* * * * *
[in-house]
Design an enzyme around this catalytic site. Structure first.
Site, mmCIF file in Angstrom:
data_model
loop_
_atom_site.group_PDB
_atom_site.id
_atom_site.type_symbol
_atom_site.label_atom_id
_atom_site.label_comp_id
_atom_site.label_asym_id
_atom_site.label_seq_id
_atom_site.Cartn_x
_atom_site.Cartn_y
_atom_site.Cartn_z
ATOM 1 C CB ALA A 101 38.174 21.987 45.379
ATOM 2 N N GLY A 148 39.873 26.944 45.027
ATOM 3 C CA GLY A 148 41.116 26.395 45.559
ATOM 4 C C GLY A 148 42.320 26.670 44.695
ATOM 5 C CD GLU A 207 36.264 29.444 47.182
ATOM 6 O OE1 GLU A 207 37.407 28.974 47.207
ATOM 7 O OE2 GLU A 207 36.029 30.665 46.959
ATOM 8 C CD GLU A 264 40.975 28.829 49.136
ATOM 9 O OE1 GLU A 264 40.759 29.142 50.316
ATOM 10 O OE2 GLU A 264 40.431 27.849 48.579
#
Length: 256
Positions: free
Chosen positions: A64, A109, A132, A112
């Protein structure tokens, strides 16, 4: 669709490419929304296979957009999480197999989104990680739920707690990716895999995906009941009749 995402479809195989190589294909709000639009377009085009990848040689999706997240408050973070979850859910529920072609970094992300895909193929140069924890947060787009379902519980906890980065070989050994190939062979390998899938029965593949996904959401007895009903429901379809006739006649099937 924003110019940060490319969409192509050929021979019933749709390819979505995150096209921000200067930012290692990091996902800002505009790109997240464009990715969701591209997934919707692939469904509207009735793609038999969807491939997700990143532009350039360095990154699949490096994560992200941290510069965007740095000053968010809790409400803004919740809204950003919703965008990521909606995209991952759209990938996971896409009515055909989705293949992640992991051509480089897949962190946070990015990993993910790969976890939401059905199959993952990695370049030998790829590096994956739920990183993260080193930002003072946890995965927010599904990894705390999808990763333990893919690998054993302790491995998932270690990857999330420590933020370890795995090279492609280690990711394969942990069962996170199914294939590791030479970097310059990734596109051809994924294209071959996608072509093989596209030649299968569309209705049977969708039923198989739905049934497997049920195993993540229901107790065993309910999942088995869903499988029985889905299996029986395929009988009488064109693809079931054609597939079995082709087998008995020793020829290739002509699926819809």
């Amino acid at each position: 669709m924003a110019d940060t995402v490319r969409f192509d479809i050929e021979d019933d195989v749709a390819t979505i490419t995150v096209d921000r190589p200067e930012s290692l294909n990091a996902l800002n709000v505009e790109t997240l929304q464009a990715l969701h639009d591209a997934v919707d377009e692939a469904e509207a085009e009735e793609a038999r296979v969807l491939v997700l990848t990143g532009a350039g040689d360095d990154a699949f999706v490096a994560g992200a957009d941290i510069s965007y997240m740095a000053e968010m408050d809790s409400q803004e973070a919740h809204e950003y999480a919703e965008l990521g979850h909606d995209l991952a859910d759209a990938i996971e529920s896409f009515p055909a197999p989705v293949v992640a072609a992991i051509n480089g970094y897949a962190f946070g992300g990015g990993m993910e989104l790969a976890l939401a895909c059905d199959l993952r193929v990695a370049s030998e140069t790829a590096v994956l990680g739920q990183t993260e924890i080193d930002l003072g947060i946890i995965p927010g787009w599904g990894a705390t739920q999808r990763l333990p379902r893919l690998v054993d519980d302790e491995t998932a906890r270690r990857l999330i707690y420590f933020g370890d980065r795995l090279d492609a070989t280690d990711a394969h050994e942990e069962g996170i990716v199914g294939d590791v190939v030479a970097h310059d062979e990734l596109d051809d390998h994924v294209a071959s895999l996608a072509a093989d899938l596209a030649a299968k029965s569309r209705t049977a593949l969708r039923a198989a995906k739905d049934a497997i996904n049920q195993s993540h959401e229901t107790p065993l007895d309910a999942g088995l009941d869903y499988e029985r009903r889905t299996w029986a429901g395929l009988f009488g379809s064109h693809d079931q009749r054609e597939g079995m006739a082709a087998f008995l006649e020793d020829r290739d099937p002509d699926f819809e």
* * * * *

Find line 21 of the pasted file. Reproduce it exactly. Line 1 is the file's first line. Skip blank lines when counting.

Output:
ATOM 6 O OE1 GLU A 207 37.407 28.974 47.207